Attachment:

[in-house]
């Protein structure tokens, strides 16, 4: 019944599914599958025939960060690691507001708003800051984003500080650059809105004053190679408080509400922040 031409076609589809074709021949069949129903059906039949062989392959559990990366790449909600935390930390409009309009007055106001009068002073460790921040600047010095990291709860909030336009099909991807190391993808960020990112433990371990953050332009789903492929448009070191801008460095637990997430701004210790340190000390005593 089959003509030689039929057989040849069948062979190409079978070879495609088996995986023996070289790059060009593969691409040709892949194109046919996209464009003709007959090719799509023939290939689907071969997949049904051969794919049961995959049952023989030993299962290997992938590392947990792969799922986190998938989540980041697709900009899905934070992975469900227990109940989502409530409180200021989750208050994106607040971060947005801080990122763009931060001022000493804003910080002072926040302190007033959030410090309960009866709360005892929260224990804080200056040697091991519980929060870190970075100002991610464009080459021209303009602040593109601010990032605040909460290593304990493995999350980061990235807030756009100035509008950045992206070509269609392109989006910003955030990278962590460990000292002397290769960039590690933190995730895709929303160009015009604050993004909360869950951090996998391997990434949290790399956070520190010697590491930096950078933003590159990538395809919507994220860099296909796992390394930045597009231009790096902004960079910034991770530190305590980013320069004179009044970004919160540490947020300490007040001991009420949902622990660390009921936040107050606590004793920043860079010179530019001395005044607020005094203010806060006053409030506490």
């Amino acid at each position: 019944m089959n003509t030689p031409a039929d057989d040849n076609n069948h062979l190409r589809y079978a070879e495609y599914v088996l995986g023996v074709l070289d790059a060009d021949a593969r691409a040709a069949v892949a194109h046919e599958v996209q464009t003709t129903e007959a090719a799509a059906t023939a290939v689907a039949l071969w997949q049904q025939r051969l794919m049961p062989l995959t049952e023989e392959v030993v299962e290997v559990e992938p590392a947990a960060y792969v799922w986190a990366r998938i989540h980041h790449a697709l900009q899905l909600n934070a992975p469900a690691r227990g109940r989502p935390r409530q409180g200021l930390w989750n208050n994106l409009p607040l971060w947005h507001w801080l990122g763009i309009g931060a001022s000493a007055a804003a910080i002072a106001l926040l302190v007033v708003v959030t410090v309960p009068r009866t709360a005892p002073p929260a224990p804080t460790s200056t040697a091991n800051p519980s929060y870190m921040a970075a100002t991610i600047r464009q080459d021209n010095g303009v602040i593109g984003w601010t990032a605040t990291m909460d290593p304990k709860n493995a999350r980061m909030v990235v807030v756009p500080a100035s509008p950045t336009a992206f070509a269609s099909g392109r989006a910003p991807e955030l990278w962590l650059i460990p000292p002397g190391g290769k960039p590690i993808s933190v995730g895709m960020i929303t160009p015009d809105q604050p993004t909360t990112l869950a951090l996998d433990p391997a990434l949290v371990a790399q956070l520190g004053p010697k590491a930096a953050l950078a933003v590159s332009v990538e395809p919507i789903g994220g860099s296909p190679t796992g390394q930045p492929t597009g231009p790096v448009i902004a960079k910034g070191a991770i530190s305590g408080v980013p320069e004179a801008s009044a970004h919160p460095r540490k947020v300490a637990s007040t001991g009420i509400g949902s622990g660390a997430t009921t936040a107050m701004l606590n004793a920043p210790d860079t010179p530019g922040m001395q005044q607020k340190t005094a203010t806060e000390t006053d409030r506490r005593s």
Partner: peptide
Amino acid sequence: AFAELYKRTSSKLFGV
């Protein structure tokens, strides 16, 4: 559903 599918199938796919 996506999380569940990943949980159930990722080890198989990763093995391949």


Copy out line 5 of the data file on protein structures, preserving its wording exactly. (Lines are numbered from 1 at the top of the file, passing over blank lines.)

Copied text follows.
Amino acid sequence: AFAELYKRTSSKLFGV